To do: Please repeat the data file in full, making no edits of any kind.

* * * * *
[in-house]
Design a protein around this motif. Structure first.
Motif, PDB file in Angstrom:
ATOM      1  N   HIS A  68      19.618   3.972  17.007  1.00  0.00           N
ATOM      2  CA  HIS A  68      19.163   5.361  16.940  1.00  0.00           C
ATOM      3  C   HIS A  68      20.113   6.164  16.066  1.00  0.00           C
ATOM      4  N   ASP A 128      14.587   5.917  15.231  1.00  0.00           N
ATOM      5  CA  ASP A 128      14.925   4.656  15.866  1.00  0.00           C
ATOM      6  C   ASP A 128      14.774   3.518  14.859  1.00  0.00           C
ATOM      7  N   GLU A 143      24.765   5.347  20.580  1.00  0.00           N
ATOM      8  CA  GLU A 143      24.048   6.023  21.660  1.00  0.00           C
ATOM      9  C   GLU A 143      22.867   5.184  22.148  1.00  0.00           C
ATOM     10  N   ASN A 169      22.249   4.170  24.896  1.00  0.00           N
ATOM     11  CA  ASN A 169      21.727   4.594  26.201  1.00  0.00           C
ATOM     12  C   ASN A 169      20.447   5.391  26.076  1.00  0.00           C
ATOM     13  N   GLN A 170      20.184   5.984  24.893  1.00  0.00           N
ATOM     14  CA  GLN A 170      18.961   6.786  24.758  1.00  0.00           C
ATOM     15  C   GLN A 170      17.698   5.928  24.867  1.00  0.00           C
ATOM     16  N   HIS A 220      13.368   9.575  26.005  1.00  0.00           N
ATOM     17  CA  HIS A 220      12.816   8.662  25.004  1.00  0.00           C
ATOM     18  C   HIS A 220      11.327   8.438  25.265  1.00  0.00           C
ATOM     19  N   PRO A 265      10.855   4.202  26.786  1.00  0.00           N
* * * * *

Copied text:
[in-house]
Design a protein around this motif. Structure first.
Motif, PDB file in Angstrom:
ATOM      1  N   HIS A  68      19.618   3.972  17.007  1.00  0.00           N
ATOM      2  CA  HIS A  68      19.163   5.361  16.940  1.00  0.00           C
ATOM      3  C   HIS A  68      20.113   6.164  16.066  1.00  0.00           C
ATOM      4  N   ASP A 128      14.587   5.917  15.231  1.00  0.00           N
ATOM      5  CA  ASP A 128      14.925   4.656  15.866  1.00  0.00           C
ATOM      6  C   ASP A 128      14.774   3.518  14.859  1.00  0.00           C
ATOM      7  N   GLU A 143      24.765   5.347  20.580  1.00  0.00           N
ATOM      8  CA  GLU A 143      24.048   6.023  21.660  1.00  0.00           C
ATOM      9  C   GLU A 143      22.867   5.184  22.148  1.00  0.00           C
ATOM     10  N   ASN A 169      22.249   4.170  24.896  1.00  0.00           N
ATOM     11  CA  ASN A 169      21.727   4.594  26.201  1.00  0.00           C
ATOM     12  C   ASN A 169      20.447   5.391  26.076  1.00  0.00           C
ATOM     13  N   GLN A 170      20.184   5.984  24.893  1.00  0.00           N
ATOM     14  CA  GLN A 170      18.961   6.786  24.758  1.00  0.00           C
ATOM     15  C   GLN A 170      17.698   5.928  24.867  1.00  0.00           C
ATOM     16  N   HIS A 220      13.368   9.575  26.005  1.00  0.00           N
ATOM     17  CA  HIS A 220      12.816   8.662  25.004  1.00  0.00           C
ATOM     18  C   HIS A 220      11.327   8.438  25.265  1.00  0.00           C
ATOM     19  N   PRO A 265      10.855   4.202  26.786  1.00  0.00           N